By Marc J. Lane
Considering he's the richest man in the country, not all has been going Bill Gates' way. The Justice Department is after him on Antitrust grounds; he recently took a pie in the face; and his senior managers at Microsoft Corp. learned that workers can be company employees even after they sign agreements that they're independent contractors.
Whatever the parties believe or contract, the IRS has the final word about whether or not a worker is really an employee - and whether his or her boss can be saddled with all kinds of penalties for violating federal law. What's more, the employer might well face a slew of new and unexpected costs - FICA, unemployment insurance, workers' compensation, overtime pay and employee benefit plan contributions among them. The IRS decides who is an employee and who isn't by reference to a 20-factor test, but it all really boils down to control. If the company has the right not only to decide what job is to be done, but exactly how it is to be done, the worker is probably an employee and enjoys all the rights of employment.
Here are a few pointers to keep in mind as you try to stay on the safe side of any controversy: Insist that your independent contractor invoice you for services rendered. Billing is a clear indicator of self-employment.
Stay away from words connoting employment. Your contractor should be "retained," not hired; and he or she should be paid a "fee," not a "salary" or "wage".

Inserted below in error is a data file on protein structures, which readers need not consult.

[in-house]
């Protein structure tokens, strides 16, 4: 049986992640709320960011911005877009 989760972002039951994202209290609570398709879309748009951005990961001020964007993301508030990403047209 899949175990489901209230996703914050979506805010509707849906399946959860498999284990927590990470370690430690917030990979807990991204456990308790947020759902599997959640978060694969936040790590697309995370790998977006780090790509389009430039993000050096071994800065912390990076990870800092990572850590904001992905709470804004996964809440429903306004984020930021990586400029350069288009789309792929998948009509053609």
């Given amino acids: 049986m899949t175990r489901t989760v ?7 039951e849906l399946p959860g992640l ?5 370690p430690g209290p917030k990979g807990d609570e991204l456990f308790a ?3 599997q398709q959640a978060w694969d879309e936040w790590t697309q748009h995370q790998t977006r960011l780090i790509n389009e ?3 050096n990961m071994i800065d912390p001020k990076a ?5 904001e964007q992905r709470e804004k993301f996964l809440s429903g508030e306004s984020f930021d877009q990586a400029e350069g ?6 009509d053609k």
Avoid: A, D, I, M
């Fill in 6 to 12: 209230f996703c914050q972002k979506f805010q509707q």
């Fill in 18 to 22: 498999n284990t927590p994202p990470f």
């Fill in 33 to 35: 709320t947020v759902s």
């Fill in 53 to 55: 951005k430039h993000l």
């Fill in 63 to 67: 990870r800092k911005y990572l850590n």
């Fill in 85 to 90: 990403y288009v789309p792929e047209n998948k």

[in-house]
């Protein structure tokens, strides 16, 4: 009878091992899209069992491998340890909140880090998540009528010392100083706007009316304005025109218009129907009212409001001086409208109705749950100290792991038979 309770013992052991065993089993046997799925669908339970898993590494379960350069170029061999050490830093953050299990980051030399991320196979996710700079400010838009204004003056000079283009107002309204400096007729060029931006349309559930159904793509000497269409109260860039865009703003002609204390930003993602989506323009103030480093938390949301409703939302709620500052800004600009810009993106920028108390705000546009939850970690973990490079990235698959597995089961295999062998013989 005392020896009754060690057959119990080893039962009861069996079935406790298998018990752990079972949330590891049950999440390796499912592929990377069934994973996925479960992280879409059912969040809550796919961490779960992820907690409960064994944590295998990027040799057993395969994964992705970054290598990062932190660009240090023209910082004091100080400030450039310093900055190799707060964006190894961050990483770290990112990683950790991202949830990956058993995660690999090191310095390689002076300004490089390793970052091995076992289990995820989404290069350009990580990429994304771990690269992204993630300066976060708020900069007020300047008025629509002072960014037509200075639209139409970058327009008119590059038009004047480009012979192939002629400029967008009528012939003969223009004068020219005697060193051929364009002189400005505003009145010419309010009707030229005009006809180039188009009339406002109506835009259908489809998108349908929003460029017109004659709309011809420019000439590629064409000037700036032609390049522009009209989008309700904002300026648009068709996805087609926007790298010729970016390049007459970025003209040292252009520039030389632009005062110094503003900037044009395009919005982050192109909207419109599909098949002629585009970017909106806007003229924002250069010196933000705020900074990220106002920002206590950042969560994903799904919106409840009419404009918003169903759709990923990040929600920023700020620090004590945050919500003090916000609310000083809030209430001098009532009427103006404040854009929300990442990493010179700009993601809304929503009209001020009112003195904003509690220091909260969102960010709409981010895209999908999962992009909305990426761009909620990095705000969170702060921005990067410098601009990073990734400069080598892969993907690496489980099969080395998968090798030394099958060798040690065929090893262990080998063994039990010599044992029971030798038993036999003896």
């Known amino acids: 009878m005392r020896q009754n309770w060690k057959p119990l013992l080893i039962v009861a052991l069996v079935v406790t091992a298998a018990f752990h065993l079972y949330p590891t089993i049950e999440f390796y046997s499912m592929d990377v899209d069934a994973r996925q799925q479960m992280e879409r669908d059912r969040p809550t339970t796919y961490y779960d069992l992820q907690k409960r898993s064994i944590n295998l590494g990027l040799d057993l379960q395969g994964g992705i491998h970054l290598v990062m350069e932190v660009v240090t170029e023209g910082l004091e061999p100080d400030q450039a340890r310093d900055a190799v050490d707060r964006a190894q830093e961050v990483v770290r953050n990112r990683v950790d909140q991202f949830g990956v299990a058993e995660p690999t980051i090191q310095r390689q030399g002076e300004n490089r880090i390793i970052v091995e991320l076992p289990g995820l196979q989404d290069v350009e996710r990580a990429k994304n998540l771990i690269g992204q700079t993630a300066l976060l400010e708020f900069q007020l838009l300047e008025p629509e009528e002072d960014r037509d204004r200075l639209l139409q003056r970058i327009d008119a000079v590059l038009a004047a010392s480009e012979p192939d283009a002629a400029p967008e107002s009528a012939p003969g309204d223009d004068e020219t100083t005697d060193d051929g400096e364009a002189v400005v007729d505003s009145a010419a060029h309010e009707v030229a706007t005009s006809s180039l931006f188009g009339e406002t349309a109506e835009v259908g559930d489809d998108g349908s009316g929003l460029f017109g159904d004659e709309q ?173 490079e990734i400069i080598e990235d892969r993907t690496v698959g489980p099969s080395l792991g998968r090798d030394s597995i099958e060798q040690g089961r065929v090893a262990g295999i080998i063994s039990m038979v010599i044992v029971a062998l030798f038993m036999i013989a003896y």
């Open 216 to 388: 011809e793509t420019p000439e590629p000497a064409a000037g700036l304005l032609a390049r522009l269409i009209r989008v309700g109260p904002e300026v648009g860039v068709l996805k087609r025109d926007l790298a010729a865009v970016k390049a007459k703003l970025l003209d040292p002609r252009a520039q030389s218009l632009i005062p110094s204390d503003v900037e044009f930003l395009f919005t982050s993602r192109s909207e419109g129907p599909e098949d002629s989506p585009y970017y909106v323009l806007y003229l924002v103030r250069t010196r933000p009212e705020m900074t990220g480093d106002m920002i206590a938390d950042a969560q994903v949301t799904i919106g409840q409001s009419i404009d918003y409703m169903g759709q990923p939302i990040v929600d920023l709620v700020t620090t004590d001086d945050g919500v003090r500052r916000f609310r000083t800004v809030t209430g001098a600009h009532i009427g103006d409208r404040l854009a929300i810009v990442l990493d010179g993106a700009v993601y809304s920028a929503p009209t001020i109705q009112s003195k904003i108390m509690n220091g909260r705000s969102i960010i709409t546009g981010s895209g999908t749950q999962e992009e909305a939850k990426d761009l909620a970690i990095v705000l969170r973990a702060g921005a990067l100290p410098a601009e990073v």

Make sure your contract denies the worker any and all benefits, including health insurance.
And, finally, shift some entrepreneurial risk to the worker, who should pay all job-related expenses. As any self-employed person would, he or she should then build those costs into the fee your company is charged. Follow the rules and, in at least this one small way, you'll have a better year than Bill Gates is having.
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Marc Lane is a business and tax attorney, a Master Registered Financial Planner, a Registered Financial Consultant, and a Certified Investment Specialist.
He is an Adjunct Professor of Law at Northwestern University and an Adjunct Professor of Business at the University of Illinois.
He is the author of 30 books on business organization, taxation, and personal finance. His newest book, "Advising Entrepreneurs: Dynamic Strategies for Financial Growth" draws from his experience working with those who have successfully built their businesses.